I’ve always considered myself to be fairly open minded when it comes to embracing new and different fishing tackle but when Matt Kotch showed up at my house with a new Rainshadow jig stick, I took one look at it and said, “You’ve got to be kidding me”. Matt proffered the 10-foot rod saying, “At least pull on it, it has tons of power”. Bracing the butt against my mid section, I pulled for all I was worth while Matt held the rod tip. Letting out a groan I suggested, “Have fun with that, it’s too much rod for me”.
The following day Matt brought his new jig stick tuna fishing and I was prepared to tell him “I told you so” when he hooked a fish in the 70-pound class. To my surprise I never got the chance because he had the fish to gaff in the first five minutes. “You got lucky on that one because it didn’t pull” I told him, thinking the next one would do him in for sure.
The next bite came soon enough and although the fish did dog him quite a bit at deep color, he was able to use the rail to absorb some of the pressure and still killed the fish in a reasonable amount of time. At that point I was curious enough about the rod to take a few casts with it. Though considerably different than the glass long rods I’d grown up fishing, it did fire the jig pretty far and didn’t feel heavy or sluggish like some glass rods can. Shortly after I gave up casting what would from that day forward be known as “Matt’s rod”, he picked it back up and killed a 50-pound fish on it in about a minute.
This new jig stick goes by the name of the Tuna Popper and comes in 8 and 10-foot models and MH and Heavy ratings. To my surprise, the rod we had turned out to be the Medium Heavy model, which leaves me wondering just how heavy the Heavy model is. Whatever the case, I can vouch for the fact that there isn’t a whole lot you can’t handle with the MH.
These jigs sticks are a very far cry from the old glass long rods that we’ve been fishing our whole lives.One of the biggest differences is that these are two piece blanks that are designed with a ferrule just above where a normal length handle would end. This placement keeps the ferrule from affecting the action even when the rod is fully loaded. In fact, the fit is so seamless that I didn’t even know that it was a two piece rod until Matt took it apart. As a private boater I like this feature because I can break the rod down to fit in a rod locker when I’m not using it. The fact that it’s two-piece also allows you to bring your long rod next time you fly somewhere on a fishing trip. If you’re dead set on having a one-piece jig stick it would be very easy to epoxy the two sections together and no one would ever be the wiser.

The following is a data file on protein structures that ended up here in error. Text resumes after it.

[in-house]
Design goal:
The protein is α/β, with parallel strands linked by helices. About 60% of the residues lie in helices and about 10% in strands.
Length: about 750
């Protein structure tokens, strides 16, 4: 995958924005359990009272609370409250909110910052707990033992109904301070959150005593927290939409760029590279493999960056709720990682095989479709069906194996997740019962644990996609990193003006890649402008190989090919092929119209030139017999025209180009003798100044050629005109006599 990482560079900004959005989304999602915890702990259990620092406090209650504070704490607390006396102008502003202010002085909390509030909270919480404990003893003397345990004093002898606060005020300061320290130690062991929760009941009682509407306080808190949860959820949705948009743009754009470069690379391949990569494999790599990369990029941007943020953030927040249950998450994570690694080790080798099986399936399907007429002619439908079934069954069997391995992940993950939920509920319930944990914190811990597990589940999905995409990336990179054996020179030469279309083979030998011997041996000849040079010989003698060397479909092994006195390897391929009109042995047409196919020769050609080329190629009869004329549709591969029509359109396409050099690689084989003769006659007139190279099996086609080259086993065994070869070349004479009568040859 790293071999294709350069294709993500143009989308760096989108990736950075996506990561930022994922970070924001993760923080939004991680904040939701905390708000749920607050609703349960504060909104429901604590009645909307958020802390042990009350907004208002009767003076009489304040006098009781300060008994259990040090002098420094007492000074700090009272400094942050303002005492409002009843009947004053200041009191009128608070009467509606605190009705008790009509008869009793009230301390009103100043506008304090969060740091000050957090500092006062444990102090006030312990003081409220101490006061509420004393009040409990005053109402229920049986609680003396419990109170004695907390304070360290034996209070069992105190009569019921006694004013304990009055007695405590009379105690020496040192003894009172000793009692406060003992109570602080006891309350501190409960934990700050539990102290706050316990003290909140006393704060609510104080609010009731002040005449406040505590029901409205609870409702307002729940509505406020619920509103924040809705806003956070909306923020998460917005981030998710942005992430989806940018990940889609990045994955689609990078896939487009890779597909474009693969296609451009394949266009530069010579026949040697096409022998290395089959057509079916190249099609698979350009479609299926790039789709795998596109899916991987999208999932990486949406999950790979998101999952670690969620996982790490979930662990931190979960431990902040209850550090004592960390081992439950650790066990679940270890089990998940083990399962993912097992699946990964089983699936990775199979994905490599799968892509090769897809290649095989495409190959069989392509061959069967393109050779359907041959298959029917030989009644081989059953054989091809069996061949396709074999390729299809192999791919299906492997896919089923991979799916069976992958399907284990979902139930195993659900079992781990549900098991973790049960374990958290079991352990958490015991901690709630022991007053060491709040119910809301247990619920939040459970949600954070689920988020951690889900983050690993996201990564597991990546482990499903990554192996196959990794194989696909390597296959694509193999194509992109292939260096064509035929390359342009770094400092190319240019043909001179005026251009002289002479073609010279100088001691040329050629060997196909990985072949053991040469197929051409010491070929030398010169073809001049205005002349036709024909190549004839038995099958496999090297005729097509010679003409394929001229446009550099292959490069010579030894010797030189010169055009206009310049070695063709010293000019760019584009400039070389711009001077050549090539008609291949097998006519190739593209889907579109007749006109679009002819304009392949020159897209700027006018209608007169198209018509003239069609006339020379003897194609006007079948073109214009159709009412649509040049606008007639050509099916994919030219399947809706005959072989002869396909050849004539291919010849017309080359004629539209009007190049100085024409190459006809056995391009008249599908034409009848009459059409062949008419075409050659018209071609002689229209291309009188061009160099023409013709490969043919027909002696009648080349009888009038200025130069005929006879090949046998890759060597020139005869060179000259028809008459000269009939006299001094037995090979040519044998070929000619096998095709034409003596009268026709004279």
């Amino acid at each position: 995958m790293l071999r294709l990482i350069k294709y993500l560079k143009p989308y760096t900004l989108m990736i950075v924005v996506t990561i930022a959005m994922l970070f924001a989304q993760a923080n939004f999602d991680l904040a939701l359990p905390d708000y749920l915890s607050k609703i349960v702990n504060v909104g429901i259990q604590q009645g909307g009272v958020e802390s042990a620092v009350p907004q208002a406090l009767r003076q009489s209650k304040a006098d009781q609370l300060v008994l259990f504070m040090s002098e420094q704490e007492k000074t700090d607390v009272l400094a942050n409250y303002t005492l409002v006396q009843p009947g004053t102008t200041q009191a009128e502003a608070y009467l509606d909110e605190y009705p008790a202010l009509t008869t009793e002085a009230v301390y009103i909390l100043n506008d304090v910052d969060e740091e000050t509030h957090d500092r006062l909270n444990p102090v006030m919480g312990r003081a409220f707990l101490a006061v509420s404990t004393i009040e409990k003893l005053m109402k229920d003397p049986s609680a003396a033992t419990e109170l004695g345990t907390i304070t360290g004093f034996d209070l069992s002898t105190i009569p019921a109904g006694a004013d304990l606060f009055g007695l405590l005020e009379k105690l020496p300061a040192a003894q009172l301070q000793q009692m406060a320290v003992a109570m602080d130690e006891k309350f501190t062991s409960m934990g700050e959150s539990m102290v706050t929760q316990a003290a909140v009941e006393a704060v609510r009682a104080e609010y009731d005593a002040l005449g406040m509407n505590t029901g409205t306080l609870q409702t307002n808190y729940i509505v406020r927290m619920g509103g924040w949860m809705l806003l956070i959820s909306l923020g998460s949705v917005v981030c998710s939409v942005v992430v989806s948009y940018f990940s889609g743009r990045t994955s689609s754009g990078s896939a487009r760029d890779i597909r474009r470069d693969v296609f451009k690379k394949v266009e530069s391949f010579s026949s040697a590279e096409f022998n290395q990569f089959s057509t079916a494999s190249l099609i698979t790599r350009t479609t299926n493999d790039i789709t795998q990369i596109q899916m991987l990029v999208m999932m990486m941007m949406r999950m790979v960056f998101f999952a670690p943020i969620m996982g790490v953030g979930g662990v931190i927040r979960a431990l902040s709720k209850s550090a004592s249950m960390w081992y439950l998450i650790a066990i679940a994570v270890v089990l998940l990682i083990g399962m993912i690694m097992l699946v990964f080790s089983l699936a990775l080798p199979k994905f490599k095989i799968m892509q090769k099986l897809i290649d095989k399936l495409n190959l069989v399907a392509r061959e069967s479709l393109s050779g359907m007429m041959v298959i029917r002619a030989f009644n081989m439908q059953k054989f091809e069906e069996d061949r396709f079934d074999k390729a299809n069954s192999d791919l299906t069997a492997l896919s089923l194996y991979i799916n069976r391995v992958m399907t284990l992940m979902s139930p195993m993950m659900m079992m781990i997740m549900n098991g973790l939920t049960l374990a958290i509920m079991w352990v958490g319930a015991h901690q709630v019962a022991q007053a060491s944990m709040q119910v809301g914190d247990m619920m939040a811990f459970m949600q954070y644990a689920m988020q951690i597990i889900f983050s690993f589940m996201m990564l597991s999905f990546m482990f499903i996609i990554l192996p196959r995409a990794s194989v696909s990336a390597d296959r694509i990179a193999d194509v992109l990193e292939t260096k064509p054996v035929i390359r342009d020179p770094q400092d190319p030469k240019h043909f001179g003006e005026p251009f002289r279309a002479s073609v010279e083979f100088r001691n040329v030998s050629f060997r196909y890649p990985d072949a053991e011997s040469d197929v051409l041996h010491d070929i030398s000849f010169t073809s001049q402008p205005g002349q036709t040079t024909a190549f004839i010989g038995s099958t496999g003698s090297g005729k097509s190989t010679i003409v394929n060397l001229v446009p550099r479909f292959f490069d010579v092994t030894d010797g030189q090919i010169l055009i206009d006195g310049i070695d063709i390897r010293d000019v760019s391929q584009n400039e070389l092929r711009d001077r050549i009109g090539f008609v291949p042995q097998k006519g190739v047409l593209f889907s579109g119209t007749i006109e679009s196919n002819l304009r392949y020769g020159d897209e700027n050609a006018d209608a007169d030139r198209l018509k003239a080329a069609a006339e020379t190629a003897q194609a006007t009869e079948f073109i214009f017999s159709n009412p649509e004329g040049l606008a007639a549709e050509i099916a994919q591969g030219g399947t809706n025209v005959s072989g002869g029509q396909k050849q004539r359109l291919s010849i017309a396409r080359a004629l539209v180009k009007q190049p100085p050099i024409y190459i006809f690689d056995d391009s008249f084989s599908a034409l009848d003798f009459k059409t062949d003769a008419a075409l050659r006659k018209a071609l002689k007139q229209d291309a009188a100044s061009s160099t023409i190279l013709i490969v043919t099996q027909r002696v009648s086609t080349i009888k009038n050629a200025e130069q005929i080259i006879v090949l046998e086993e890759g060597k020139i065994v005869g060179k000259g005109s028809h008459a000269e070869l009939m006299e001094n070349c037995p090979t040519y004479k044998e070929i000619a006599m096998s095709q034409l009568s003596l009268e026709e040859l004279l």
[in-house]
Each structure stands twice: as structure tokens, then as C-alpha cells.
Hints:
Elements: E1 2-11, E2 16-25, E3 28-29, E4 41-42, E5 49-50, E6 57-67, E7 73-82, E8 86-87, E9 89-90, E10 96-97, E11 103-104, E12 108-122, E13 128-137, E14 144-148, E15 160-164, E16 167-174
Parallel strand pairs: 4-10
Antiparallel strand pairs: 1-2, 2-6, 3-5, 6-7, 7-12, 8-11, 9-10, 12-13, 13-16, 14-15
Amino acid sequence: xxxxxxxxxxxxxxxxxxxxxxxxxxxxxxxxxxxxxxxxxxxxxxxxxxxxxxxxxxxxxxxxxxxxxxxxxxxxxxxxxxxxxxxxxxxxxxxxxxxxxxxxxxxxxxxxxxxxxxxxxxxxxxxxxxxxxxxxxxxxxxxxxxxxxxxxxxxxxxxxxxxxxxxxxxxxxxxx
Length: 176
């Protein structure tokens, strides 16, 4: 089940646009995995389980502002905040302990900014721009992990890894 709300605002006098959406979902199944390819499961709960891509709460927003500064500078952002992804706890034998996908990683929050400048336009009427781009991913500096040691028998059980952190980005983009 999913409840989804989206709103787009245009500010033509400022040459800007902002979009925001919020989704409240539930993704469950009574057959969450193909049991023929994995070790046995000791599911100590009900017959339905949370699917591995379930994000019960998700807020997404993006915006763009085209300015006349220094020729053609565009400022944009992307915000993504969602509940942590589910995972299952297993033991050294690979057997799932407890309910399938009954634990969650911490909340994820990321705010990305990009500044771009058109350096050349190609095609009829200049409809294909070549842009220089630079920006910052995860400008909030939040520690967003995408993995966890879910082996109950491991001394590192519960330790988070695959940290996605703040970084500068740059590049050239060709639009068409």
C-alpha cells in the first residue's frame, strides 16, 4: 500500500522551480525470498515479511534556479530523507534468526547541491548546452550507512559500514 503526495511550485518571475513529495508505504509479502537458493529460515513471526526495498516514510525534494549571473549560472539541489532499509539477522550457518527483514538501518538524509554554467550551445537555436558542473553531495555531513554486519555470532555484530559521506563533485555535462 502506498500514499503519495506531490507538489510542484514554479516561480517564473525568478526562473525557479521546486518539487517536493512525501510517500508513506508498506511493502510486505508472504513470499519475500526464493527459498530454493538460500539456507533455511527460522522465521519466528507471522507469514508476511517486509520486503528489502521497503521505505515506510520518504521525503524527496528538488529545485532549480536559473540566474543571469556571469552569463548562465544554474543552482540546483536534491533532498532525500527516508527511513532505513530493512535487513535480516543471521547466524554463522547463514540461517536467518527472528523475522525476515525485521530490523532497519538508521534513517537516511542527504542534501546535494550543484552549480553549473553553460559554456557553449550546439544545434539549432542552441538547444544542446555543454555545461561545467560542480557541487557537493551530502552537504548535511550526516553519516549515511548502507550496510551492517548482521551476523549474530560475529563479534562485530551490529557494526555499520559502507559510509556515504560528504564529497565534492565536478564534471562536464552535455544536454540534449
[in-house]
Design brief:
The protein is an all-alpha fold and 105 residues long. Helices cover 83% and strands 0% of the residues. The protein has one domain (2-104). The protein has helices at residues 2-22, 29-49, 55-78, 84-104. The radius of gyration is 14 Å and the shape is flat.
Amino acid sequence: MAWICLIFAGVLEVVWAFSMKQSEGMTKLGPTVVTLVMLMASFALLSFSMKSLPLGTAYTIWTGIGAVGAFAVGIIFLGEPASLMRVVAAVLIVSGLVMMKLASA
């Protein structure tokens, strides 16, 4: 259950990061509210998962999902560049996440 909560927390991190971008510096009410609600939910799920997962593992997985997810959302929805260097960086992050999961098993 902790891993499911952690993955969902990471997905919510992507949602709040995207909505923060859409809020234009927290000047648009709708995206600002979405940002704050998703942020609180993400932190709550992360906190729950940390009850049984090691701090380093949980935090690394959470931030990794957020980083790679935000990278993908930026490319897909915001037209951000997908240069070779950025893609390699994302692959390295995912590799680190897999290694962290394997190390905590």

The blank construction process is also quite different than what we are used to when it comes to West Coast jig sticks.
According to the Batson website, the blanks are constructed by, “blending a thin ply E-Glass material with 24 ton RX6 graphite, then we wrap the entire blank tip to butt with a proprietary carbon filament wrap in the hoop direction for added strength without adding weight.” This description was a little too technical for me to decipher so I spoke with my friend Eric Noguchi, who wrapped “Matt’s rod” for us and he explained that by adding graphite and carbon filament into the rod construction they were able to make a thin walled, light-weight rod that was stiffer and more durable than a comparable glass rod.
Since that first tuna trip, Matt has put the rod through it’s paces in a number of scenarios and it’s come through all of them with flying colors. On several occasions I was able to pry “Matt’s rod” out of his hands long enough to catch a few fish on it and can honestly say that it’s a superior product to the glass jig sticks of yesteryear. Something to keep in mind is that this is a long rod that does give the fish a significant leverage advantage. So, if you’re used to fishing 8 and 9 foot jig sticks the rod is going to feel a bit odd. However if you’ve been throwing the long rod your whole life you’re going to love this rod. We matched “Matt’s rod” with a Penn Torque 30 star drag reel, which makes for a comfortable fit. With 80-pound spectra to a short 60-pound fluorocarbon leader, the rod excels at casting bigger jigs like a Tady 45 or Salas 7X.